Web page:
The California Cornish Cousins is an organization founded in November 1991 to stimulate interest in Cornish culture, to preserve Cornish heritage and to share family histories and genealogy. Membership is open to any person of Cornish heritage or any person in full accord with the stated purposes of the Society.
ST. PIRAN’S DAY CELEBRATION (Patron Saint of Cornwall and Miners) March 5, 2022 in Downtown Grass Valley, California
2021 ANNUAL GATHERING OF THE COUSINS June 18-20, 2021 in Grass Valley, California CANCELLED DUE TO COVID-19!
2022 ANNUAL GATHERING OF THE COUSINS Tentatively June 10-12, 2022 in Grass Valley, California
2021 Fall Luncheons – Luncheons will resume in 2021. Details to follow.
BOOK COMING SOON! Cornwall, My Country by Howard Curnow
Howard Curnow was a great influence on the Cornish movement both in the United States and in Cornwall. He died this week, leaving behind a completed autobiography. The publishers are asking for a show of hands from those who would be interested in purchasing Howard’s Cornwall, My Country, completed in the last year of his life. The book will go to press soon and they would like to print an appropriate number. If you would like to reserve a copy, please contact Gage McKinney at firstname.lastname@example.org.
Here’s a description of the book and sketch of Howard’s remarkable life:
Cornwall, My Country is a soon-to-be-released autobiography by an amazing man. In Howard Curnow’s own words, the story of his life unfolds from his 1936 birth in St. Hilary and through his childhood on the farm during and after the war, his education, and his career. He has led the most remarkable and eventful life, much of it in the cause of preserving and championing the Cornish identity, history, and culture.
At the age of seven Howard Curnow hit the local Cornish headlines when he fell under a one-ton steel roller in a field on his father’s dairy farm. Since then, he has never been completely happy when any further from Cornish soil!
Here, Howard tells the story of his remarkable and eventful life, from early days as one of seven children on the farm in West Cornwall, including watching as German bombs fell on his St. Hilary birthplace, to his 25 or more visits to the USA and Canada where, on one occasion, he found himself branding a wild buffalo with red hot irons. He visited Australia, New Zealand, and even Cuba to promote Cornwall and meet local members of the Curnow family.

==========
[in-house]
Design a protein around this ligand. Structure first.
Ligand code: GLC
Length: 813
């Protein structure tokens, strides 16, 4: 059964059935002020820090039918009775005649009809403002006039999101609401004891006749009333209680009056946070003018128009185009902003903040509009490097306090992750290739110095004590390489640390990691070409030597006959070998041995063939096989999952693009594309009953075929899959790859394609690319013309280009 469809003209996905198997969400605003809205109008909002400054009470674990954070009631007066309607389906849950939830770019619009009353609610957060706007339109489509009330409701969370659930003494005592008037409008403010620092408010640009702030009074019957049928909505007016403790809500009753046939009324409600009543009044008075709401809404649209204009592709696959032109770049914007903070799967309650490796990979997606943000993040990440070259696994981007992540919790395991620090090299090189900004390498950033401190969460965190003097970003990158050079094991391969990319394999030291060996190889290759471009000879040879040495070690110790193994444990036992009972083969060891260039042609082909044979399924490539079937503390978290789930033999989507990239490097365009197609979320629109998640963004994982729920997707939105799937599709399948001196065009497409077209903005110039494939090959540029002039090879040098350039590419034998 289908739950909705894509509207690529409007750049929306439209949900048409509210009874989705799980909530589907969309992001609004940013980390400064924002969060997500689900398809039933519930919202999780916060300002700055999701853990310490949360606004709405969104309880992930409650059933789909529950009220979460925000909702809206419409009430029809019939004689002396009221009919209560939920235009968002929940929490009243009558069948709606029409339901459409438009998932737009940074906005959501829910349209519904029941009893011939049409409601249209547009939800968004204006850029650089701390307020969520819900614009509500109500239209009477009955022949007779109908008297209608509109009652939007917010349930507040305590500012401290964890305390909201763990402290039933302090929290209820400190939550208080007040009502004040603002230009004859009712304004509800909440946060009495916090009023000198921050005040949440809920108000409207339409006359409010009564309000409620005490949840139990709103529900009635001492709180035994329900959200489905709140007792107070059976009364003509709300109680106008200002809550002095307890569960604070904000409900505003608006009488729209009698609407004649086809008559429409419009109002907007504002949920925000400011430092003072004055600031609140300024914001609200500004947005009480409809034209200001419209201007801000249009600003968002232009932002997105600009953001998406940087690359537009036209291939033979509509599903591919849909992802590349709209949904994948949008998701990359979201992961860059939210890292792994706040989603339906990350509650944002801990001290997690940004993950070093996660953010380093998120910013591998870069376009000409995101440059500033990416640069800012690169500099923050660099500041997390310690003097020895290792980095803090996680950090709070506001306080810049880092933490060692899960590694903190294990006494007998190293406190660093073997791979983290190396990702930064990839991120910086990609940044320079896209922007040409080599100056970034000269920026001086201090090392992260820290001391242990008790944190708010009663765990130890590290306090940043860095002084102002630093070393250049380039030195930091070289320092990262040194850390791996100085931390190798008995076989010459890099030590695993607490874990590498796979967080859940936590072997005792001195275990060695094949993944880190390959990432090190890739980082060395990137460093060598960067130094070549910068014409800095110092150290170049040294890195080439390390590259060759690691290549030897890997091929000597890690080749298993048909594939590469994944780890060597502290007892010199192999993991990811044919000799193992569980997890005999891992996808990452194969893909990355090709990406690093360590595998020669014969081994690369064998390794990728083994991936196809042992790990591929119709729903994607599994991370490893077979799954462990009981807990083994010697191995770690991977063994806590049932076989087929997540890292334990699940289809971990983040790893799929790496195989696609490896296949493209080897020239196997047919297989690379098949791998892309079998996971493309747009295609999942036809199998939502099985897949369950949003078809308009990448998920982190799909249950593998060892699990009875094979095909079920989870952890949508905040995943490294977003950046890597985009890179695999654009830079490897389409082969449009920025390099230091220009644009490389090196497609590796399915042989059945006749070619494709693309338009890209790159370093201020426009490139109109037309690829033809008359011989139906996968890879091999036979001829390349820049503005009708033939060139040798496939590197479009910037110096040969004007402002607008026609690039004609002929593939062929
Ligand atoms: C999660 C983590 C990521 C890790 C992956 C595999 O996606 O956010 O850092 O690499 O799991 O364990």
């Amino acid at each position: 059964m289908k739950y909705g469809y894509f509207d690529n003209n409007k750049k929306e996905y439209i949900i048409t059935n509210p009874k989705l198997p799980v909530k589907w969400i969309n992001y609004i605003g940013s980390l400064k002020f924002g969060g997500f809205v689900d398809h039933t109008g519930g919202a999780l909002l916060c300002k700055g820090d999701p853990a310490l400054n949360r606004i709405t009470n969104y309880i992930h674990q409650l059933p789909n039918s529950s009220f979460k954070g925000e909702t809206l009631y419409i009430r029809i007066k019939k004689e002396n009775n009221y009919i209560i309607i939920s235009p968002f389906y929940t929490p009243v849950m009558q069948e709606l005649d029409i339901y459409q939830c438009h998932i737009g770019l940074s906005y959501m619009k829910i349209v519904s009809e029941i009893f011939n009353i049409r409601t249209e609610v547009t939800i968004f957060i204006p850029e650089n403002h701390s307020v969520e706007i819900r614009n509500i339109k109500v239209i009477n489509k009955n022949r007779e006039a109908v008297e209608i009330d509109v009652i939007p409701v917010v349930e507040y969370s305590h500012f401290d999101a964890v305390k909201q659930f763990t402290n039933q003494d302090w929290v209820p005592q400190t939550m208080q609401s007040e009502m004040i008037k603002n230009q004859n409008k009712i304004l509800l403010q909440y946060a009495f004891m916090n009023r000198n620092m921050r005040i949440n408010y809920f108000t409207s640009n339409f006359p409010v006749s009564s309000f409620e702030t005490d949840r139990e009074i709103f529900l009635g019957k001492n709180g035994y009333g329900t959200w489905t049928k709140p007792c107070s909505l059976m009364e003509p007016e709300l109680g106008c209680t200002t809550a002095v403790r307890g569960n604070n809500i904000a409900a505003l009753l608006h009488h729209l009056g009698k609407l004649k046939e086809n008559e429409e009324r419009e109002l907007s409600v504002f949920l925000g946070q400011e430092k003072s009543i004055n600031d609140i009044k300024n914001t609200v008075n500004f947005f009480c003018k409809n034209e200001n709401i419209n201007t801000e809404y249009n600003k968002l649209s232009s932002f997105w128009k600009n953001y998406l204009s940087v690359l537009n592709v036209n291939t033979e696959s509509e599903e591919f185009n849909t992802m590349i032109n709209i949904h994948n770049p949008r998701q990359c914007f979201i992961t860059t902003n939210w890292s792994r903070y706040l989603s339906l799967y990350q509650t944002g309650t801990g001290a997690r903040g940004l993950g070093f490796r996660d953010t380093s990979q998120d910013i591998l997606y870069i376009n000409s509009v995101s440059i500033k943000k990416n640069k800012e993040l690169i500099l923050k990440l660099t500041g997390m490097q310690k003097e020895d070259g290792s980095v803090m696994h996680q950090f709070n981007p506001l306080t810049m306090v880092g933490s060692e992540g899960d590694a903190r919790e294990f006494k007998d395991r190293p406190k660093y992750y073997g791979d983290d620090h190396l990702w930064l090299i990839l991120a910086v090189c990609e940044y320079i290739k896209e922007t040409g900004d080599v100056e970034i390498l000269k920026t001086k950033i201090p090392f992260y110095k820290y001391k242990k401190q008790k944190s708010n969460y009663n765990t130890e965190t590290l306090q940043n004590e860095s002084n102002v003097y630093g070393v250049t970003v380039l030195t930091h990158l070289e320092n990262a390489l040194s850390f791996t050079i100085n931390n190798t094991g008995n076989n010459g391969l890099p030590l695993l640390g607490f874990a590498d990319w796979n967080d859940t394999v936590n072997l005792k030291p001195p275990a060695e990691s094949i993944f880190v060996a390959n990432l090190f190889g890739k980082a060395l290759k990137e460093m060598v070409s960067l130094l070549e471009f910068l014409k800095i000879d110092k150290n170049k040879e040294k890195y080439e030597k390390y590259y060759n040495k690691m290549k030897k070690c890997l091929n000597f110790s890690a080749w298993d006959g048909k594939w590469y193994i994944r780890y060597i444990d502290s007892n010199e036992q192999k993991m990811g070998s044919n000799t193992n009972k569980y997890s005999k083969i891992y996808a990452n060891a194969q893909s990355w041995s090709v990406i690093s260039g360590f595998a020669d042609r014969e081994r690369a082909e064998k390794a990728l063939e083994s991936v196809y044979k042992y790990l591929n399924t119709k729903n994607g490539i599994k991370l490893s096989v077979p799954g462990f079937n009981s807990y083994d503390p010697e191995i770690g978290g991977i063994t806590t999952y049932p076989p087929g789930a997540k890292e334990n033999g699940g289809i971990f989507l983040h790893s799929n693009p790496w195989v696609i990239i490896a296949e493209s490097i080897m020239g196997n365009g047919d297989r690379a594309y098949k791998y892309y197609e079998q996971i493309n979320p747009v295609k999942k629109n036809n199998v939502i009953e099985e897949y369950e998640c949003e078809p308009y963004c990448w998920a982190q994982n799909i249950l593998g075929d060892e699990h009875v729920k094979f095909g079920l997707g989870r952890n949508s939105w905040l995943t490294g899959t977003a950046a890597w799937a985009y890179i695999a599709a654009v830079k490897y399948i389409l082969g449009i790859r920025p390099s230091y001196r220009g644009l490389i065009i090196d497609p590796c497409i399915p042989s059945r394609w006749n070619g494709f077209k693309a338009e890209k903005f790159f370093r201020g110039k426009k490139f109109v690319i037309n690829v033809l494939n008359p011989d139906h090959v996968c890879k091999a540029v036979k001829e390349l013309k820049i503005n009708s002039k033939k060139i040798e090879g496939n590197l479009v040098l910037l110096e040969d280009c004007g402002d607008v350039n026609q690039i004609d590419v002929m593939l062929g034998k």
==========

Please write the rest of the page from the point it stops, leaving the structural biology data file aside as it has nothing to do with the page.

After leaving school and the farm, he spent time in the Royal Navy and, for his National Service, in the Army at NATO headquarters in Paris. Here his Cornish background was responsible for his being given pride of place at a dinner hosted by a Breton duchess for guests from 16 different countries. Between his military experiences, as a student in Birmingham he made two discoveries of historic significance and was also responsible for averting a potentially costly disaster at the Ince Power Station on the Wirral Peninsula of northwest England.
Returning to his beloved Cornwall as a qualified teacher, he used a hitherto overlooked Act of Parliament to establish a then unique program under which many of his students were given the benefit of work experience, now a national requirement for many youngsters throughout the country. Much later, he took a group of Cornish students, aged 10 to 18, to the 2009 Climate Change Conference in Copenhagen, where the TV news gave them the accolade of putting on “the best little show in town.” On one visit to Westminster he sat, all on his own, totally unnoticed, in both the House of Commons and the House of Lords.
Over the past decades, nobody has worked harder than Howard in the cause of preserving and championing Cornish identity and culture; from organizing and hosting the “Grand Curnow Homecoming” of 1990 at the family farm, attended by 350 visitors from all over the world, to leading a “walk” to London on the 500th anniversary of the Cornish Protest March on London in 1497; from reviving Cornish traditions such as St. Piran’s Day celebrations, to persuading Cornwall Council to fly the Cornish flag rather than the British over offices. In his “spare time” he built his own house on the family farm!
Howard Curnow’s tireless efforts on behalf of Cornwall were rewarded in 1990 by his induction as a Bard of the Cornish Gorsedh.
California Cornish Cousins is a 501(c)7 nonprofit social organization.
Our Annual Gathering is held in June, often at mining locations on historic Highway 49.
An annual Fall Luncheon is held in October in Northern, Central and Southern California locations.
CORNISH-AMERICAN HERITAGE SOCIETY
SOUTHWEST WISCONSIN CORNISH SOCIETY
PACIFIC NORTHWEST CORNISH SOCIETY
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Membership Dues in the California Cornish Cousins are $25.00/year due May 1st.
For questions about membership, click to contact Yvonne Bowers, Membership Chair